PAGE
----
With this version we add better support for subcategories to control view / detail level based visibility and graphics via the Revit Visibility/Graphics settings. The visibility of the new symbol lines is now also controlled via the Revit Visibility/Graphics settings rather than family parameters.

Schedule

Previously the family included the parameter Calculate Glass Area to enable the calculation for the schedule parameters Glass Area With Glazing Bar and Glass Area Without Glazing Bar. With this update, the parameter Calculate Glass Area has been removed and the calculation happens automatically depending on the selected panel type.

We've also fixed the calculation for Opening Area, Glass Area With Glazing Bar and Glass Area Without Glazing Bar which didn't take spacing into account.

Other Fixes & Improvements

Glazing bar positioning in frame panel

We've fixed an issue where the glazing bars would't be distributed correctly, resulting in non equal glass areas.
Images showing before (left) and after (right).

Glass visibility

We've fixed an issue where the glass wouldn't show in certain scenarios depending on door height and positioning.

Frame visibility in side elevation

We've fixed an issue where a frame geometry would show up displaced in elevations 90 degrees to the placed bi-fold door family.
Images showing before (left) and after (right).

Selection issue when clicking nearby but not directly on door

We've fixed an issue where the door would be selected when clicking outside the actual door area, being super annoying when selecting some other elements while being zoomed out.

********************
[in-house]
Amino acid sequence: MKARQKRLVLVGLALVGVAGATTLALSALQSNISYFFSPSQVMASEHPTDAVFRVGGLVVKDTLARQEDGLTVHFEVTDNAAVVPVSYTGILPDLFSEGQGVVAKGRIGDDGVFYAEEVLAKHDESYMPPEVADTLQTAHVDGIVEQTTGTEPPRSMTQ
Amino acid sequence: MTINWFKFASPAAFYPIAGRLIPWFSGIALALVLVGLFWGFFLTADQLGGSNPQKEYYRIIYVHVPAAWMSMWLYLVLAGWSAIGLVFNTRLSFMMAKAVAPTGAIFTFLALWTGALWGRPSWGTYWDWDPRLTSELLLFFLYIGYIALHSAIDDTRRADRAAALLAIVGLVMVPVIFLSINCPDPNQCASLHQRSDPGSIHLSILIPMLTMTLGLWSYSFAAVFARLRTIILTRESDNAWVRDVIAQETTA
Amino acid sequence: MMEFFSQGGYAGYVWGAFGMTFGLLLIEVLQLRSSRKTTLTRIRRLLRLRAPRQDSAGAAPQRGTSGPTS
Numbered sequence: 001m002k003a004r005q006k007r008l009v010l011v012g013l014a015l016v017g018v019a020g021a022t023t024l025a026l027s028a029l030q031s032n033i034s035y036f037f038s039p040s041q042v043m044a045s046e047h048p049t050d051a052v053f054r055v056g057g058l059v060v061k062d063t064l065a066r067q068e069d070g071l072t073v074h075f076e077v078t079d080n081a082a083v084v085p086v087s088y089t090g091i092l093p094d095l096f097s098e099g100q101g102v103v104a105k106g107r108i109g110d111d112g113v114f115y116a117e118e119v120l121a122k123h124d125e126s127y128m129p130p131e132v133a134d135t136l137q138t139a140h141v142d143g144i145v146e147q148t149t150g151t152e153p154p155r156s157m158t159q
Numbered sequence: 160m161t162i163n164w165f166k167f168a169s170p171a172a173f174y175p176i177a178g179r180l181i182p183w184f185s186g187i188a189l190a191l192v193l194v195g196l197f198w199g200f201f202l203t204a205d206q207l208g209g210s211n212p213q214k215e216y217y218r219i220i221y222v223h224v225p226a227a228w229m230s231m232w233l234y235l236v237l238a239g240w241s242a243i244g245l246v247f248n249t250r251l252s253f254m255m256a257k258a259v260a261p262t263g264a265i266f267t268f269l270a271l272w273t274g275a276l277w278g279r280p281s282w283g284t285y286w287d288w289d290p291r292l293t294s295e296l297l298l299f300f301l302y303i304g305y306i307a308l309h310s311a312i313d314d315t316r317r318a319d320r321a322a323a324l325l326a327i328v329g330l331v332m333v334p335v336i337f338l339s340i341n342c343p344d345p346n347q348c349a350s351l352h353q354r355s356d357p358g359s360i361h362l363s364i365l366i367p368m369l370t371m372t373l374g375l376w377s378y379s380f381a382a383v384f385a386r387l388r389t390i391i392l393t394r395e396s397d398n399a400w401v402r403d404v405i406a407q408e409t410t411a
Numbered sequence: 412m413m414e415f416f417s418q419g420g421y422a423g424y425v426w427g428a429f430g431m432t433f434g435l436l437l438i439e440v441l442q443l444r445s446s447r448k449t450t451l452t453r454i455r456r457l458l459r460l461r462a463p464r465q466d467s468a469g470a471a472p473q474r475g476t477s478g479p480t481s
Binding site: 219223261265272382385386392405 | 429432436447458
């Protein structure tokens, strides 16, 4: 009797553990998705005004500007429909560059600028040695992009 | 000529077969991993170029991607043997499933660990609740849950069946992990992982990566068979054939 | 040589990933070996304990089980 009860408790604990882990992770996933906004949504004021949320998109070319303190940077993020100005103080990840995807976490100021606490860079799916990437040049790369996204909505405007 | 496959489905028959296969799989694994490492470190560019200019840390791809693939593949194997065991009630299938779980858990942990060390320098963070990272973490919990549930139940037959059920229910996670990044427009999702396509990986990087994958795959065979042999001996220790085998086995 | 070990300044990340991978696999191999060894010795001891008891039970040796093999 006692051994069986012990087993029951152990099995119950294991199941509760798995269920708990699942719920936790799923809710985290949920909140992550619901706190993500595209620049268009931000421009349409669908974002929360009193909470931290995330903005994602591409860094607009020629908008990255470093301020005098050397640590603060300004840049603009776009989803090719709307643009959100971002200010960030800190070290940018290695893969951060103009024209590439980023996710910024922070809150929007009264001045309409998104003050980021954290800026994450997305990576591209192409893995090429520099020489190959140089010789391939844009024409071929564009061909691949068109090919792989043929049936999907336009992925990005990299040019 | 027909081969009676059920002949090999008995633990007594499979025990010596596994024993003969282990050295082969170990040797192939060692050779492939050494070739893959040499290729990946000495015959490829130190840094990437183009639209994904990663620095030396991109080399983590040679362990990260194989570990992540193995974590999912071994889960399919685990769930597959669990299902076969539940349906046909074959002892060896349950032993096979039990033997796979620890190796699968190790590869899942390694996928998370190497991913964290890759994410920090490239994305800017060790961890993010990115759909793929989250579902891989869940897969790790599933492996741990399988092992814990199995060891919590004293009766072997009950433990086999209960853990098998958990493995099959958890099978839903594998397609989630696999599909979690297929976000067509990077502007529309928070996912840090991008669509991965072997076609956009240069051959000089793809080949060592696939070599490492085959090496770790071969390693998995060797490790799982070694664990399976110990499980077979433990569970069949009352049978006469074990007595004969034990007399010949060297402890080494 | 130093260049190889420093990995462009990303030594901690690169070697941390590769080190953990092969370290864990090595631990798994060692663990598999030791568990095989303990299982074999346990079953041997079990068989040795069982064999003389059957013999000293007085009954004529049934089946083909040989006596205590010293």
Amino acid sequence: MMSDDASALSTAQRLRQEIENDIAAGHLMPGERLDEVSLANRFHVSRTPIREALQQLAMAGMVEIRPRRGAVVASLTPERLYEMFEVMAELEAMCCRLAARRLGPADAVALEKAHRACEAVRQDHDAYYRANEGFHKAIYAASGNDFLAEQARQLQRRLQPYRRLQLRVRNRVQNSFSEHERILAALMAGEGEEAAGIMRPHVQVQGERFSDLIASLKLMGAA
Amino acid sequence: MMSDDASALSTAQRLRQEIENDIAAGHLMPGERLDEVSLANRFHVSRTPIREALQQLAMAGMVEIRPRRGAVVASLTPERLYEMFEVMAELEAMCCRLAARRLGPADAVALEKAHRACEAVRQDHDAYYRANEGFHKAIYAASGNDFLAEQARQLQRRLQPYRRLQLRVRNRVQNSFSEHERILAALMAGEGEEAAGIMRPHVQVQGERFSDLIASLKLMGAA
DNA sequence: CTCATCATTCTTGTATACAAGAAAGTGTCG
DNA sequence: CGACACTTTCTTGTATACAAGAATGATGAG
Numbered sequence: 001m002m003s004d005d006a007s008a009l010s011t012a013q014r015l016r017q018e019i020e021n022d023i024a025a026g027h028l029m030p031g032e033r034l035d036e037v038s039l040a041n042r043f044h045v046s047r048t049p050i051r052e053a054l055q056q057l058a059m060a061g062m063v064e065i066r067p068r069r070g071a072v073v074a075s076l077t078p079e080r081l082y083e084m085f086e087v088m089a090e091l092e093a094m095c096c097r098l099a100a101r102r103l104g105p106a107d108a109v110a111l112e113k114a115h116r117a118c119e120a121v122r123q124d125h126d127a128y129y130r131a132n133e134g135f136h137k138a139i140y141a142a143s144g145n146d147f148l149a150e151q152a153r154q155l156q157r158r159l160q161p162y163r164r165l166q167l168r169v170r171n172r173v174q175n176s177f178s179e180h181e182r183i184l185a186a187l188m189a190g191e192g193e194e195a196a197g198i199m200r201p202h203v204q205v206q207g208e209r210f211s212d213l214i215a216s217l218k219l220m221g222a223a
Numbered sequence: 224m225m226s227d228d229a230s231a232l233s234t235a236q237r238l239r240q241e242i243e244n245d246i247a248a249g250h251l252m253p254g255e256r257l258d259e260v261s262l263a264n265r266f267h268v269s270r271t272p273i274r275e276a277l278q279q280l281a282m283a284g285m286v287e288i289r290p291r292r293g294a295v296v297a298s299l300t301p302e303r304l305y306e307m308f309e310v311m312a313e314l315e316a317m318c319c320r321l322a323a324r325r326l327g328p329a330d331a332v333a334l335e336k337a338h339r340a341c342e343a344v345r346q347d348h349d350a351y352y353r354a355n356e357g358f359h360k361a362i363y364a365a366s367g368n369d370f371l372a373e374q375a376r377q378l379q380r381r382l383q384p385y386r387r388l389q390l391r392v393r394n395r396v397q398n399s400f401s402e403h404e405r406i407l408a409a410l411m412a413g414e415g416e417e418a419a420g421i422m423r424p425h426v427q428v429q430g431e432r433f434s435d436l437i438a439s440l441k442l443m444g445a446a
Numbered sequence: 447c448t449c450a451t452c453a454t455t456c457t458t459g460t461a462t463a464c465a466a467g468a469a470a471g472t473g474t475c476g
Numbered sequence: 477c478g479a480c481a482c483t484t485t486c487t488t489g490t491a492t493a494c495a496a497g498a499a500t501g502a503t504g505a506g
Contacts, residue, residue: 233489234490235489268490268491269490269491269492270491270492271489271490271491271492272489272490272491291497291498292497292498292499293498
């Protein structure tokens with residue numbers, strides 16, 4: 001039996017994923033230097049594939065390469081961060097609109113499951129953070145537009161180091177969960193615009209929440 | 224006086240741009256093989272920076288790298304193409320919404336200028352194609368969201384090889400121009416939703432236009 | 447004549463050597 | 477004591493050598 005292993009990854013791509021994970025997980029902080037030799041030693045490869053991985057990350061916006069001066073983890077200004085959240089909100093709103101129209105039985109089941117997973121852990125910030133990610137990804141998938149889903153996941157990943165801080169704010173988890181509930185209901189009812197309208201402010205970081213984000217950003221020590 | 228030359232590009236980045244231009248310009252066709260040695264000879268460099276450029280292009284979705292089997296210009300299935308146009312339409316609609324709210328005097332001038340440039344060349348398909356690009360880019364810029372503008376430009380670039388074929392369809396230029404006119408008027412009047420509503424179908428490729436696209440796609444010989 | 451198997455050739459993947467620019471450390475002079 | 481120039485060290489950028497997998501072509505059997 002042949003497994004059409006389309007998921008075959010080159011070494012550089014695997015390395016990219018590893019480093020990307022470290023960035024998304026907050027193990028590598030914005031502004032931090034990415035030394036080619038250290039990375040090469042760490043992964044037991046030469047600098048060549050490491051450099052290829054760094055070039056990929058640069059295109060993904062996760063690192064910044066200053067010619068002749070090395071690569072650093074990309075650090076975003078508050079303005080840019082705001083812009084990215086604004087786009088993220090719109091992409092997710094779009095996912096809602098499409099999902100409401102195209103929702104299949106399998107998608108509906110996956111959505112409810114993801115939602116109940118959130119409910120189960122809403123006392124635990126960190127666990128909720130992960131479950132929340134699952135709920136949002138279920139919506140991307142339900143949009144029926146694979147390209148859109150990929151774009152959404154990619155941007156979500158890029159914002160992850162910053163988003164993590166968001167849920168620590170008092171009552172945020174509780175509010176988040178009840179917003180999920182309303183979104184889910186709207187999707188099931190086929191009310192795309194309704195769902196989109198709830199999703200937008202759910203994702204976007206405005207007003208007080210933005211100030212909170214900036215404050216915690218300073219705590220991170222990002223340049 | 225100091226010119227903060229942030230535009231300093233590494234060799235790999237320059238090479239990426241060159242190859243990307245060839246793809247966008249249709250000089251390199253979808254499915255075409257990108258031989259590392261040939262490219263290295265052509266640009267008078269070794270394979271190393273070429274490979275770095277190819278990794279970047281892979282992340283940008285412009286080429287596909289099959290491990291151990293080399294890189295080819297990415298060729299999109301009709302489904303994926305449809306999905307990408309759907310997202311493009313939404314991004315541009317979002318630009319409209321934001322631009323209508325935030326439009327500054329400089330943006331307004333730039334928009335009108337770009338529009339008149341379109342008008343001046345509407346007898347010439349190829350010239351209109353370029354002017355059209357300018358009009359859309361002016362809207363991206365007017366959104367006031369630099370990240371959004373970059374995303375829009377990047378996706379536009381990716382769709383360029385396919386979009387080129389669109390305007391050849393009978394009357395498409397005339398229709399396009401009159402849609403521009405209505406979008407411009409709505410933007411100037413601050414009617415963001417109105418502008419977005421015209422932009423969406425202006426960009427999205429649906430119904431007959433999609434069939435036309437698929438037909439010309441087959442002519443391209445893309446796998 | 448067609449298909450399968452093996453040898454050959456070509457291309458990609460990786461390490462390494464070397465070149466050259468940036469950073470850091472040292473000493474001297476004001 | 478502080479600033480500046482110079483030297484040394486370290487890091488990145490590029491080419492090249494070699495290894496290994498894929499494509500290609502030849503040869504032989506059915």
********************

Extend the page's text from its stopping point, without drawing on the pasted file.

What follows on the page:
Associated parameters for threshold

We've fixed an issue where the parameters Threshold Slope Offset and Threshold Slop Height would be not applied correctly. You can see the result of setting these parameters in the following before (left) and after (right) comparison.


All-in-One Escalator & Travelator 2.3

In previous versions, the escalator min. height (between floors) was 1500mm.

With this update we reduce the min. height down to 900mm in order to satisfy a project requirement for one of our customers.

This is also a free update to all our All-in-One Escalator & Travelator customers, just in case anyone has a similar (unusual) project requirement.


Are our families better than free ones?

I regularly receive enquiry emails, asking for specific functionality, visual representation, etc. before someone would make a decision to purchase our families. However, yesterday I received an email that somehow stood out to me as it reminded me why I started Revit-Content in the first place, and thought it might be helpful for others in a similar situation to share the question and my answer publicly on our blog.



Here the content of the email received...

Our small office is starting up on Revit; Autocad will still be used.

Could you explain why & how your families are better than the hundreds that are available for free?

Are your architects US-based and the libraries are catered to US product types and typical dimensions? This may not be a relevant question, but I am asking as a novice.